Committee tries revised schedule Dana Choi Editor-in-Chief Roscoe’s Den Monday changed its hours to provide a quick lunch option for students and faculty who spend most of their time on the east side of campus. Some students, like sophomore Louis Broome, do not have to frequent that side of campus to enjoy Roscoe’s Den. “I don’t get to come over here too often because most of my classes are on the other end of campus,” he said. Broome said it would be more convenient for him to eat at the UC, but he prefers the prices at Roscoe’s Den. “They make [food] pretty fresh here, which helps a lot,” he said. Executive Director of Business Services Greg Pecina said the university will evaluate the results of the new hours through Nov. 30 and decide whether Roscoe’s Den should keep its new schedule for the rest of the semester. Richard Gonzalez said Roscoe’s Den will have lunch specials starting Oct. 24. He said
every weekday might get its own special. There is no other difference between noon and evening services, he said. Pecina said he hopes that off-campus commuters and faculty and staff who work on the east side of the campus go to Roscoe’s Den for lunch and snacks. “Roscoe’s Den has a great menu and we have seen a good number of students go to this location for an evening meal or snacks,” he said. Traffic at Roscoe’s Den so far could be better, but it is still good, Pecina said. Eighty percent of the students who are on campus after 7 p.m. are on the east side of campus, where most of the residence halls are, Pecina said. Pecina said an ASU employee from the Rassman Building suggested the idea of a grab-and-go lunch option at the monthly Catering and Concessions Advisory Committee meeting. “It’s experimental right now,” Pecina said. “You have to be really careful about the operational areas. Right now we’re going to do a head count and a cash count and see how much revenue we get.” Roscoe’s Den is a cash, credit or debit card location only,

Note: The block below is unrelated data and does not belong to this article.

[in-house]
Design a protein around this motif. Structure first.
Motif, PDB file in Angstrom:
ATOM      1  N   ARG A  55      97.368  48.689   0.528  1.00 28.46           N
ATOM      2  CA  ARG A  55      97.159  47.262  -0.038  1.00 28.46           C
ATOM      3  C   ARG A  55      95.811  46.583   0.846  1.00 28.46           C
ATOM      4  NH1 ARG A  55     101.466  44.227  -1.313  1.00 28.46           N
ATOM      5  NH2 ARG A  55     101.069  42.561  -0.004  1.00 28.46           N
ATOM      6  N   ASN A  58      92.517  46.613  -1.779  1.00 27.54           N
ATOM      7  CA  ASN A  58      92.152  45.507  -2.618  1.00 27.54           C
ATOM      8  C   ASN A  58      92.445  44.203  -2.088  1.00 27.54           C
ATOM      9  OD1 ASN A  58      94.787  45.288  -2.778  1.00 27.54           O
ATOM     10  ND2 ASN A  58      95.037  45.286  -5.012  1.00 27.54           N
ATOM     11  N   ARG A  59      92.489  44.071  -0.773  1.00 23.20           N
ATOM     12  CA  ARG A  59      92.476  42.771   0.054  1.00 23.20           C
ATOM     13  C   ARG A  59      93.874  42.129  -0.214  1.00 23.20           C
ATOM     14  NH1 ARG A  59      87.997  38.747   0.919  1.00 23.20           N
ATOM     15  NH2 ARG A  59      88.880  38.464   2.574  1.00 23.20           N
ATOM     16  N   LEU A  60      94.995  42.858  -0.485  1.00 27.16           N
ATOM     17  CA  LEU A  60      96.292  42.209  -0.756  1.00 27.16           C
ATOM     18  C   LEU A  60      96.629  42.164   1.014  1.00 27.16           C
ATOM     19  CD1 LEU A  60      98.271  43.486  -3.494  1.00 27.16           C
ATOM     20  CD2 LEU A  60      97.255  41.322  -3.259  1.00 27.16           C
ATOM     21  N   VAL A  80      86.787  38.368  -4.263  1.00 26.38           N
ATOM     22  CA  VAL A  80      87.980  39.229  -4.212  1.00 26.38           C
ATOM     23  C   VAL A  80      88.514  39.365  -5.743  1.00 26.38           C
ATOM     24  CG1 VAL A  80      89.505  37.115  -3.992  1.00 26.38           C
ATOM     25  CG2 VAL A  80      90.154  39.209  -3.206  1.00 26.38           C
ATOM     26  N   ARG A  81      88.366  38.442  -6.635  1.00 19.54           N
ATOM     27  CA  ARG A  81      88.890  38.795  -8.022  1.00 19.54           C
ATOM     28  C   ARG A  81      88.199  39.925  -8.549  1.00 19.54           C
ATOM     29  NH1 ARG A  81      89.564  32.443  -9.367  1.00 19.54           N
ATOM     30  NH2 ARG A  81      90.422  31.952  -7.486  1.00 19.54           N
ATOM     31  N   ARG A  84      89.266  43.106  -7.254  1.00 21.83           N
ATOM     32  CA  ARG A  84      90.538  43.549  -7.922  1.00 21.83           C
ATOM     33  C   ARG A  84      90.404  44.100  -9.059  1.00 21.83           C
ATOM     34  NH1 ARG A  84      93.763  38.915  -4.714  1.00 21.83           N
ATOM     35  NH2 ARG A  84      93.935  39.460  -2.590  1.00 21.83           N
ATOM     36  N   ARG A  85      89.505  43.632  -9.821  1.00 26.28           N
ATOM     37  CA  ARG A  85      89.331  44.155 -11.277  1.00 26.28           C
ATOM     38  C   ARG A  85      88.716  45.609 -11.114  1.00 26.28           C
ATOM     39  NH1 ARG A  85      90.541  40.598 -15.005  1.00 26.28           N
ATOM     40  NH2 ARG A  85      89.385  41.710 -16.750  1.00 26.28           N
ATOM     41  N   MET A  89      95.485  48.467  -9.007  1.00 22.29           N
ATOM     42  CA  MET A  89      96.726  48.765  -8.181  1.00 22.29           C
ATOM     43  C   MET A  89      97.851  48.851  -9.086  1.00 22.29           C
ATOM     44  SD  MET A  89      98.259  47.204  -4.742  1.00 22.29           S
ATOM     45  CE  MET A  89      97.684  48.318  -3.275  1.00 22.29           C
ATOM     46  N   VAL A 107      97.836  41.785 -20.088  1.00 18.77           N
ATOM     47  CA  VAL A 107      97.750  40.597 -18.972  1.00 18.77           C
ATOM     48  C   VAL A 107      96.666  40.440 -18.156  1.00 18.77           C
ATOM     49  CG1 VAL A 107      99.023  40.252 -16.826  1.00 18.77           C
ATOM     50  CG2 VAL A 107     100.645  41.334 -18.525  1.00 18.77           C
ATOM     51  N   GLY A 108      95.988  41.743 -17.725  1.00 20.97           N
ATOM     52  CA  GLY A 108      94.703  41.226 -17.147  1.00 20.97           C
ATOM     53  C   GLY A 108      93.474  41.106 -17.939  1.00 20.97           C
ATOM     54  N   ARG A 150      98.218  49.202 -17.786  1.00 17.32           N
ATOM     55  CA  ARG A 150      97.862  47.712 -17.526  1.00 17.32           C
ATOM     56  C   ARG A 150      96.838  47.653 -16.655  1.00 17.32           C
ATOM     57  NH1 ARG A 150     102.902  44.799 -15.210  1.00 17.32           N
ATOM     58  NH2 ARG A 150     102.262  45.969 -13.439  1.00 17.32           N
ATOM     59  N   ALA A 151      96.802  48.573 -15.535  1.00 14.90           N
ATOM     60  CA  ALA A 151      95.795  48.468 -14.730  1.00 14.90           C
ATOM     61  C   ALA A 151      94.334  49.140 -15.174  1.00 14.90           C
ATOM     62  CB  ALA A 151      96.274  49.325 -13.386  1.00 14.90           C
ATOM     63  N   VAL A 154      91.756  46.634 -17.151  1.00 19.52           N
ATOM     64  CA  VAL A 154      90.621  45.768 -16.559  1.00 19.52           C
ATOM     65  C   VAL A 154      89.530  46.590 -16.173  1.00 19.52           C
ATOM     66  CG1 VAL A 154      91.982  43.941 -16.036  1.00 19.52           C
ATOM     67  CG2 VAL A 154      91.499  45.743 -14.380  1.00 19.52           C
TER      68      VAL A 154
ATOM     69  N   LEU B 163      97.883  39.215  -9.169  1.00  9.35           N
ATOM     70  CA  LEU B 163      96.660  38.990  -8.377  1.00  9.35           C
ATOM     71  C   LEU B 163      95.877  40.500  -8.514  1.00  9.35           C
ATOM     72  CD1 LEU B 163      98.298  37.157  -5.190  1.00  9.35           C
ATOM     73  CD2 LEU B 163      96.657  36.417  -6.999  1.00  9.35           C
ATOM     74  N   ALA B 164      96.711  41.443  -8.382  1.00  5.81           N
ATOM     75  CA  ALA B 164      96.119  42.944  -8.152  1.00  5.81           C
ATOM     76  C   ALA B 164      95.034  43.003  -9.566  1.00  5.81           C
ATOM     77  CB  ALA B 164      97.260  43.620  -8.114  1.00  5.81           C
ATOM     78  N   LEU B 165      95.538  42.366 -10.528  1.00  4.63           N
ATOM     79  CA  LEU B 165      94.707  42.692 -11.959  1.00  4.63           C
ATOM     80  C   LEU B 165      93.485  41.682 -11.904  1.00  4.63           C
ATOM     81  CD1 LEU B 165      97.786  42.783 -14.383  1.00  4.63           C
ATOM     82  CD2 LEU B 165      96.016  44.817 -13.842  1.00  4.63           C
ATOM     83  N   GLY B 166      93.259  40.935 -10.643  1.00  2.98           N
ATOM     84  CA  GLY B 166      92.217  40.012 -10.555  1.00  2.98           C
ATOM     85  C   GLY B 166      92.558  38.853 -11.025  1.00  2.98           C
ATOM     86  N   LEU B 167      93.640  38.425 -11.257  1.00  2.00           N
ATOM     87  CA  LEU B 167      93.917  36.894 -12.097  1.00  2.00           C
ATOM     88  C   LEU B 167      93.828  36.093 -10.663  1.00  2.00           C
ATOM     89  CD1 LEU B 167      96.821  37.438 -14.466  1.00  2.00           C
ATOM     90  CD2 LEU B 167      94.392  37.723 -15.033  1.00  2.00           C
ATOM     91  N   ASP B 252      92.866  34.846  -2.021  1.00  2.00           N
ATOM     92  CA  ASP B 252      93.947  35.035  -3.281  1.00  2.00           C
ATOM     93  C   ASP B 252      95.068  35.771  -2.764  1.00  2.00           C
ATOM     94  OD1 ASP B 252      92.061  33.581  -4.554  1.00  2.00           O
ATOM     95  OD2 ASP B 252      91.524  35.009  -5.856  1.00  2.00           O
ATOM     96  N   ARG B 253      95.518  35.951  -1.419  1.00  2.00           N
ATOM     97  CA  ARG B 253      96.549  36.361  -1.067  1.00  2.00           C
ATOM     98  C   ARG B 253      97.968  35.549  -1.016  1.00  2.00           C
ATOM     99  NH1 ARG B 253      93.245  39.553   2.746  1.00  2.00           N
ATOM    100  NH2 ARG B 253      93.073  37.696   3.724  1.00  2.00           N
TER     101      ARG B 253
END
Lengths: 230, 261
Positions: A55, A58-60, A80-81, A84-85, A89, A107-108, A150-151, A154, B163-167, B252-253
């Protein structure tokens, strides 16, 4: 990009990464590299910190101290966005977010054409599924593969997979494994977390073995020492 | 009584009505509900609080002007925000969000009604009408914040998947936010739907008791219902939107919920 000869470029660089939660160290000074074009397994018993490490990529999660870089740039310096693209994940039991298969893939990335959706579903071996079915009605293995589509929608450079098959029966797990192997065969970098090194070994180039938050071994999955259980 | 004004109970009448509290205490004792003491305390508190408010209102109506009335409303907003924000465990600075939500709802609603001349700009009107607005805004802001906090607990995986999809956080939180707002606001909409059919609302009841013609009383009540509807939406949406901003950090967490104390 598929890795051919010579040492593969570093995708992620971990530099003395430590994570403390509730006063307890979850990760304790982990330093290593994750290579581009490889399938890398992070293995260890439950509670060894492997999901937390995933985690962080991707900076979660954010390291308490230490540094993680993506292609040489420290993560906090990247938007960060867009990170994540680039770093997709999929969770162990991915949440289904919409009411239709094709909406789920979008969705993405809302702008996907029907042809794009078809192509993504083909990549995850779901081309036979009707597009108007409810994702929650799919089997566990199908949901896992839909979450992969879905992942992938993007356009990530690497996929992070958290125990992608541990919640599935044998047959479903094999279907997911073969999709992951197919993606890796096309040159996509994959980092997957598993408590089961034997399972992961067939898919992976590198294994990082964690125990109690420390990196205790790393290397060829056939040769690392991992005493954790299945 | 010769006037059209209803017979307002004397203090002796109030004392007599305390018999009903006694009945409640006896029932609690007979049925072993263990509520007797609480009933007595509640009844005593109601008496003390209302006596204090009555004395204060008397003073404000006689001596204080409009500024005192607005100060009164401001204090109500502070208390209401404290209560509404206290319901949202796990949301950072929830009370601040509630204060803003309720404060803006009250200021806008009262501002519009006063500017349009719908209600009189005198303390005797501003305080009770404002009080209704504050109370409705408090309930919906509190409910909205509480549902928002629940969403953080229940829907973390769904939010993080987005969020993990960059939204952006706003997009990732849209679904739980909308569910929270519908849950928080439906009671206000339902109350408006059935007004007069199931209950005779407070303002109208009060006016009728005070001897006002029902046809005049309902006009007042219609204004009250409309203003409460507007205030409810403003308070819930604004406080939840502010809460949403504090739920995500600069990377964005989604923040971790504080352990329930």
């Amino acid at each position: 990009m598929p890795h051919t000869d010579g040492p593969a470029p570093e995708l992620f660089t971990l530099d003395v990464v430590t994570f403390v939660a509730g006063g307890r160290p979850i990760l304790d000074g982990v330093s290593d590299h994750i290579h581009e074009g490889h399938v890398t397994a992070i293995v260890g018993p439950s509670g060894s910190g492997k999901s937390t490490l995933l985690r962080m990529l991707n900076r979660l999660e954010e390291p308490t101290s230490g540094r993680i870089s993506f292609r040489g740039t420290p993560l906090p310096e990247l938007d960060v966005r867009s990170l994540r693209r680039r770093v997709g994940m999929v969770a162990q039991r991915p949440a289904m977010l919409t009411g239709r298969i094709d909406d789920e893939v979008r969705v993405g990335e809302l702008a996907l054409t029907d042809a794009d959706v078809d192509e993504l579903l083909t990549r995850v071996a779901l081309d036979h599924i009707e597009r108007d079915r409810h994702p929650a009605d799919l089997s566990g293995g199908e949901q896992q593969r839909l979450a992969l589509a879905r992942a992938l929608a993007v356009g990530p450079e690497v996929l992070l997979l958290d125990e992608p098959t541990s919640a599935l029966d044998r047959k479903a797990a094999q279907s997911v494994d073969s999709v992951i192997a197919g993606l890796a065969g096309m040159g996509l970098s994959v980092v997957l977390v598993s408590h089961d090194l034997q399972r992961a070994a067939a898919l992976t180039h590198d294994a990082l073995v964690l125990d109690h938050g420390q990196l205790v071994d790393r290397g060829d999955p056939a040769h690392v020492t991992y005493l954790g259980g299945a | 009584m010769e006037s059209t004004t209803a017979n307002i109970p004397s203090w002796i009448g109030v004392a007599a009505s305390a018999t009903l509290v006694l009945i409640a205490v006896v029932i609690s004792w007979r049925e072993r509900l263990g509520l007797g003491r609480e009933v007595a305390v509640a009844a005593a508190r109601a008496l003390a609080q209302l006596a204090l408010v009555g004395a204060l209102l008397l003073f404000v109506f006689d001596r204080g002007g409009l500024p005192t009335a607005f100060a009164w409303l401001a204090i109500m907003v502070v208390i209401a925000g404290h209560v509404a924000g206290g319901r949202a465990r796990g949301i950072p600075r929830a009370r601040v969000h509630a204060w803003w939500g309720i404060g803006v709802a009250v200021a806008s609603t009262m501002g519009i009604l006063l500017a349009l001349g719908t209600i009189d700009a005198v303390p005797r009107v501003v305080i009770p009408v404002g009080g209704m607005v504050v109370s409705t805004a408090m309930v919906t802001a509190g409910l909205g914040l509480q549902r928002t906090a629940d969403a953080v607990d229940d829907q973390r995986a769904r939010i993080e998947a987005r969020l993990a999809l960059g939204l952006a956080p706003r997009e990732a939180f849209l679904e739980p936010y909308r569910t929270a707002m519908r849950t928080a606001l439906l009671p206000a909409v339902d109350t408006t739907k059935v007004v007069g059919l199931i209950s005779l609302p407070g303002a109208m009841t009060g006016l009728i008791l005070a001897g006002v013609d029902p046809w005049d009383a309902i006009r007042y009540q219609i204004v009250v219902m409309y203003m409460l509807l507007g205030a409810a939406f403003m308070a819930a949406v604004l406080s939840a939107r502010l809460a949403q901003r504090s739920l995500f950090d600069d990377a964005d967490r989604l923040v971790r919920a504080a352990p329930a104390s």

Pecina said. Students can use their OneCard points and Ram bucks, but cannot use their meal plan. Residential students who want to buy a meal using their meal plan will have to go to the Food Service Center or the UC snack bar, Pecina said. Pecina said he started the Catering and Concessions Advisory Committee about six months ago to discuss food service-related issues, excluding meal plans, which fall under Residence Life. Food service managers, several Business Services members and six to eight other people attended the last meeting. Pecina said the committee gives a campus a voice in food service-related matters. Anyone can bring concerns about issues such as catering, concessions and hours of operation, he said. The committee’s next meeting will be Tuesday, Nov. 8, at 3:30 p.m. in UC 201, Pecina said.